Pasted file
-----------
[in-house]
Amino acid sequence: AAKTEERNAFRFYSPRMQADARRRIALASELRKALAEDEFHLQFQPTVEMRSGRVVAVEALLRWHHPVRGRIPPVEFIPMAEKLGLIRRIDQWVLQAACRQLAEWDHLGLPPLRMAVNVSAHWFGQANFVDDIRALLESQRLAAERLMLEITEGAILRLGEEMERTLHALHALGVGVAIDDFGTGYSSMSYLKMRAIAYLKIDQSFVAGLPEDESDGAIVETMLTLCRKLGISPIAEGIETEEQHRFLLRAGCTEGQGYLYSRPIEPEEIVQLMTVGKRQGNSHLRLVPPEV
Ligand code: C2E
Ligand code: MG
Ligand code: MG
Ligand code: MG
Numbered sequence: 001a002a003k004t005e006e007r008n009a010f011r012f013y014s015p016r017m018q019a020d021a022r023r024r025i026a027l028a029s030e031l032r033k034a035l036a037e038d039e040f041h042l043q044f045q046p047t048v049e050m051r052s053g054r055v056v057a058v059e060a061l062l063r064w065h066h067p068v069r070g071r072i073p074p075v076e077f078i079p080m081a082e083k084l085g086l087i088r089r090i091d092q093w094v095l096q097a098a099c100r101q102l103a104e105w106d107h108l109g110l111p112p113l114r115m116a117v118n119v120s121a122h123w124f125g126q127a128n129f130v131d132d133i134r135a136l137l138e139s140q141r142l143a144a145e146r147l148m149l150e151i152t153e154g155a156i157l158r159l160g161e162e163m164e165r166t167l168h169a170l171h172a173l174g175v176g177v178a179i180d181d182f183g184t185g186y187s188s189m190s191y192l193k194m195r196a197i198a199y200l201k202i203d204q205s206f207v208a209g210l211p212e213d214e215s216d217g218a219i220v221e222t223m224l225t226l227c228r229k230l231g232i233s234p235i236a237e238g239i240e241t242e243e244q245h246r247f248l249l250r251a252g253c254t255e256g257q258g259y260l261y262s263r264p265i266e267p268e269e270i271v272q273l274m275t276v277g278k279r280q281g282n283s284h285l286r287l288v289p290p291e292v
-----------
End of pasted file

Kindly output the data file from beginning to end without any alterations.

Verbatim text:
[in-house]
Amino acid sequence: AAKTEERNAFRFYSPRMQADARRRIALASELRKALAEDEFHLQFQPTVEMRSGRVVAVEALLRWHHPVRGRIPPVEFIPMAEKLGLIRRIDQWVLQAACRQLAEWDHLGLPPLRMAVNVSAHWFGQANFVDDIRALLESQRLAAERLMLEITEGAILRLGEEMERTLHALHALGVGVAIDDFGTGYSSMSYLKMRAIAYLKIDQSFVAGLPEDESDGAIVETMLTLCRKLGISPIAEGIETEEQHRFLLRAGCTEGQGYLYSRPIEPEEIVQLMTVGKRQGNSHLRLVPPEV
Ligand code: C2E
Ligand code: MG
Ligand code: MG
Ligand code: MG
Numbered sequence: 001a002a003k004t005e006e007r008n009a010f011r012f013y014s015p016r017m018q019a020d021a022r023r024r025i026a027l028a029s030e031l032r033k034a035l036a037e038d039e040f041h042l043q044f045q046p047t048v049e050m051r052s053g054r055v056v057a058v059e060a061l062l063r064w065h066h067p068v069r070g071r072i073p074p075v076e077f078i079p080m081a082e083k084l085g086l087i088r089r090i091d092q093w094v095l096q097a098a099c100r101q102l103a104e105w106d107h108l109g110l111p112p113l114r115m116a117v118n119v120s121a122h123w124f125g126q127a128n129f130v131d132d133i134r135a136l137l138e139s140q141r142l143a144a145e146r147l148m149l150e151i152t153e154g155a156i157l158r159l160g161e162e163m164e165r166t167l168h169a170l171h172a173l174g175v176g177v178a179i180d181d182f183g184t185g186y187s188s189m190s191y192l193k194m195r196a197i198a199y200l201k202i203d204q205s206f207v208a209g210l211p212e213d214e215s216d217g218a219i220v221e222t223m224l225t226l227c228r229k230l231g232i233s234p235i236a237e238g239i240e241t242e243e244q245h246r247f248l249l250r251a252g253c254t255e256g257q258g259y260l261y262s263r264p265i266e267p268e269e270i271v272q273l274m275t276v277g278k279r280q281g282n283s284h285l286r287l288v289p290p291e292v